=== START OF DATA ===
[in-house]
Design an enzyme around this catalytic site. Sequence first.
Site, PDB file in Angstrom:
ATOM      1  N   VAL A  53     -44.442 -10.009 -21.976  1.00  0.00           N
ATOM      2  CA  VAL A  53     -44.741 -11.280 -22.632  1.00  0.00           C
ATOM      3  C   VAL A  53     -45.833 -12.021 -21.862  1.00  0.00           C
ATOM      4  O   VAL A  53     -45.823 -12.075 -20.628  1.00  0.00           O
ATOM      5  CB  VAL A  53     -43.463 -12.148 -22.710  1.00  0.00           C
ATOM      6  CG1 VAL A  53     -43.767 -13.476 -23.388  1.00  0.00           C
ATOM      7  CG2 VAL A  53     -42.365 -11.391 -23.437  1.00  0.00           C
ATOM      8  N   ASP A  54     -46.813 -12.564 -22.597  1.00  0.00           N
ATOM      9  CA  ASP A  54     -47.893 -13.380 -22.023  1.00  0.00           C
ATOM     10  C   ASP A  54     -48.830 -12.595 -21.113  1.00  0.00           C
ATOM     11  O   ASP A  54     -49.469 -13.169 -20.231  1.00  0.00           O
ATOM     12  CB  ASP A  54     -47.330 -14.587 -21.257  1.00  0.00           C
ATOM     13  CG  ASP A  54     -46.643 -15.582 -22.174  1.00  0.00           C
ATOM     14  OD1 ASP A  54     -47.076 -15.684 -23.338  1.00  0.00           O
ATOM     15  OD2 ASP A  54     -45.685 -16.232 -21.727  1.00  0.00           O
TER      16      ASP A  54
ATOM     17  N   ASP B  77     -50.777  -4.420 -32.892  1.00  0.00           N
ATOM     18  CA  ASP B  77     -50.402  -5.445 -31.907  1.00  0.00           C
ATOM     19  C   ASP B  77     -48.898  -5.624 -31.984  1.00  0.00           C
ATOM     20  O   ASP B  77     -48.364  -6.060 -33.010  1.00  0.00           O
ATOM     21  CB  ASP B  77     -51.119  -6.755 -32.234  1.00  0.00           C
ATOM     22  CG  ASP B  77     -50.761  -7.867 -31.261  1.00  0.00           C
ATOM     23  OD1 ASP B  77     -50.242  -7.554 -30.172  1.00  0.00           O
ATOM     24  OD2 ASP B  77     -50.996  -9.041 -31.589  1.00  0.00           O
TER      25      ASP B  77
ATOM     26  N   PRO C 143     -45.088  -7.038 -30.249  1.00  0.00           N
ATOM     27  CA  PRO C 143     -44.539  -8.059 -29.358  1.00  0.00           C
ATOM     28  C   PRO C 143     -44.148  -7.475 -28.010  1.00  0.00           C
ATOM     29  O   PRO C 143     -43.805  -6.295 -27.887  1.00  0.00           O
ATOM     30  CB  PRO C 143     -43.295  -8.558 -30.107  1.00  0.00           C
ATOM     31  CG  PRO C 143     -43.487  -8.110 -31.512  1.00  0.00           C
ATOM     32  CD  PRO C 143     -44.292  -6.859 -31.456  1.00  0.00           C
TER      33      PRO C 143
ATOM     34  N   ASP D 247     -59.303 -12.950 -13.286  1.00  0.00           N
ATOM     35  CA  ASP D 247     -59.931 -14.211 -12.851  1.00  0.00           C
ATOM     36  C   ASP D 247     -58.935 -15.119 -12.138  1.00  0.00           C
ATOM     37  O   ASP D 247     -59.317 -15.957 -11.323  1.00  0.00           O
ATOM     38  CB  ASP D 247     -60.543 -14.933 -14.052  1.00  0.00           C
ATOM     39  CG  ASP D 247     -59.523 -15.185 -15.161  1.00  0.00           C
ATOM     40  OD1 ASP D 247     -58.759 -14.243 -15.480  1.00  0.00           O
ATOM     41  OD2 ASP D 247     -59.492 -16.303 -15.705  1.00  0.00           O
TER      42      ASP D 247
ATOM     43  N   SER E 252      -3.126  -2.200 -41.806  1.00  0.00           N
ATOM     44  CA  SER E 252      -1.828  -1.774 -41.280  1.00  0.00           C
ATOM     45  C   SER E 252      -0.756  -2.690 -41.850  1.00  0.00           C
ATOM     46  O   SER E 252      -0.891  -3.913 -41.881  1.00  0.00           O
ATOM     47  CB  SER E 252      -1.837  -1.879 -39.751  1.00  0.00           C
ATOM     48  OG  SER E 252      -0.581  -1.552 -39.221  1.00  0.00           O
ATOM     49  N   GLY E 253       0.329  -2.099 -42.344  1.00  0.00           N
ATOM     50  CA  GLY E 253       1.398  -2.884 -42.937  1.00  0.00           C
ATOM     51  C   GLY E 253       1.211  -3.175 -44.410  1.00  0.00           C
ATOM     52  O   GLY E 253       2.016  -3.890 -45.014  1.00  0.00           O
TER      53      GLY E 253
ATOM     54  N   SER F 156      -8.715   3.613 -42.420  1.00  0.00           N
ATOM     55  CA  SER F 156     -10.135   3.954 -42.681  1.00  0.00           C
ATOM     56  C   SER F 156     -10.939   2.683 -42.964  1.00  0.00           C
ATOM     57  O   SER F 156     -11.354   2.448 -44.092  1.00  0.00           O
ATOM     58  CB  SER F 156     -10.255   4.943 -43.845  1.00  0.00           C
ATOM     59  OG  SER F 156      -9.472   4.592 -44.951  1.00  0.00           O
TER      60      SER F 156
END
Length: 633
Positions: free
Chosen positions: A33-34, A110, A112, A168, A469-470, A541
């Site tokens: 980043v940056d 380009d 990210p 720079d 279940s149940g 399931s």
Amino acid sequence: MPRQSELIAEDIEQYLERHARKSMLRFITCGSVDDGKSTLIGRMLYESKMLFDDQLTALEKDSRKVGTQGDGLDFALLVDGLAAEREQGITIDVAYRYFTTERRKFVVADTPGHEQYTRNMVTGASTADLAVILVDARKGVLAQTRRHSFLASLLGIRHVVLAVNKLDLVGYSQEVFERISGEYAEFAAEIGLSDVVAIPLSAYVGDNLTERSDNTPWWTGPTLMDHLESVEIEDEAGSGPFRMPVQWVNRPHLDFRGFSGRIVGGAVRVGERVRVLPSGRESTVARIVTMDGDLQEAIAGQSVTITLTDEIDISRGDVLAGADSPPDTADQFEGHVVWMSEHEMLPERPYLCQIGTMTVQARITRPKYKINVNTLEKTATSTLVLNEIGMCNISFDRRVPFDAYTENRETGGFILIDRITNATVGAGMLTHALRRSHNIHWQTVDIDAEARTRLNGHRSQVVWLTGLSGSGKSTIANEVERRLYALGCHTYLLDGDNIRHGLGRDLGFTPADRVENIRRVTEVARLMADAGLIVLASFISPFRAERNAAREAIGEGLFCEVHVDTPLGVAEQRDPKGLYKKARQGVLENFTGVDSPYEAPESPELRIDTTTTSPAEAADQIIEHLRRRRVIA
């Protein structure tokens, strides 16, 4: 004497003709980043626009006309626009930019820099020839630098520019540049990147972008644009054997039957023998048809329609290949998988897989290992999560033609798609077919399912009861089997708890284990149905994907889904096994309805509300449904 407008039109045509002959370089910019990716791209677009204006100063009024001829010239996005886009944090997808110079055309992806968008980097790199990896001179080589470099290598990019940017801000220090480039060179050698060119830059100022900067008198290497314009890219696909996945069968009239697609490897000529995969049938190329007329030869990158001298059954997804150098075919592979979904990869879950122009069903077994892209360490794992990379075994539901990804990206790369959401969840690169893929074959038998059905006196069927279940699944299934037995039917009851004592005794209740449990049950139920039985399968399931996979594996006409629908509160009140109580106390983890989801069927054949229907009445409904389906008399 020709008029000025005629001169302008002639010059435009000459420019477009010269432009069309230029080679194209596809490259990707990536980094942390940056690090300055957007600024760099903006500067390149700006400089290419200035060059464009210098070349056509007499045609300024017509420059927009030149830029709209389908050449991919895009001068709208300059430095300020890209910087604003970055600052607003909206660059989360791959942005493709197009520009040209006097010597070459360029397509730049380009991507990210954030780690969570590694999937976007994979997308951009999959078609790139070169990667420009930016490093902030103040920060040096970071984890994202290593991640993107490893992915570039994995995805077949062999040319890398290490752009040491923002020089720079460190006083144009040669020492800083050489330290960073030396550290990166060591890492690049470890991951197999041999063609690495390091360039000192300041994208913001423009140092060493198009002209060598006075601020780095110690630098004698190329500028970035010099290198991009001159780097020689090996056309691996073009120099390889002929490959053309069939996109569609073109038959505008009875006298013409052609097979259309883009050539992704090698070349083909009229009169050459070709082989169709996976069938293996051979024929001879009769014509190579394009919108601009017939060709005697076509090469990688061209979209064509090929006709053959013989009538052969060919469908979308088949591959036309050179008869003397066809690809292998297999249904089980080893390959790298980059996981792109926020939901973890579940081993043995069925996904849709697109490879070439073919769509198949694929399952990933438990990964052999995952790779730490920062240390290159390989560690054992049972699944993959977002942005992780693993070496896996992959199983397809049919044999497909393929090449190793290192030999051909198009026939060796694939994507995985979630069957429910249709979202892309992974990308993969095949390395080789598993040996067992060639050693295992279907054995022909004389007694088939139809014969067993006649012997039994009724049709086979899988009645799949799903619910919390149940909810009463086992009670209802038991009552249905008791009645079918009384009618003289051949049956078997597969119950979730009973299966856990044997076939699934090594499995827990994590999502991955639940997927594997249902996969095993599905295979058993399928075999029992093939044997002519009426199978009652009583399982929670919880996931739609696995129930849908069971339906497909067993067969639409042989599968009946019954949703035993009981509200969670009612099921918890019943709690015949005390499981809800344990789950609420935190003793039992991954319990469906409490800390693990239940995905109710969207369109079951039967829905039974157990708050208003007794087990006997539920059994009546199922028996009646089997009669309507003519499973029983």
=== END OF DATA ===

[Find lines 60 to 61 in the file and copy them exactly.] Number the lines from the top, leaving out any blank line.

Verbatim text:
ATOM     57  O   SER F 156     -11.354   2.448 -44.092  1.00  0.00           O
ATOM     58  CB  SER F 156     -10.255   4.943 -43.845  1.00  0.00           C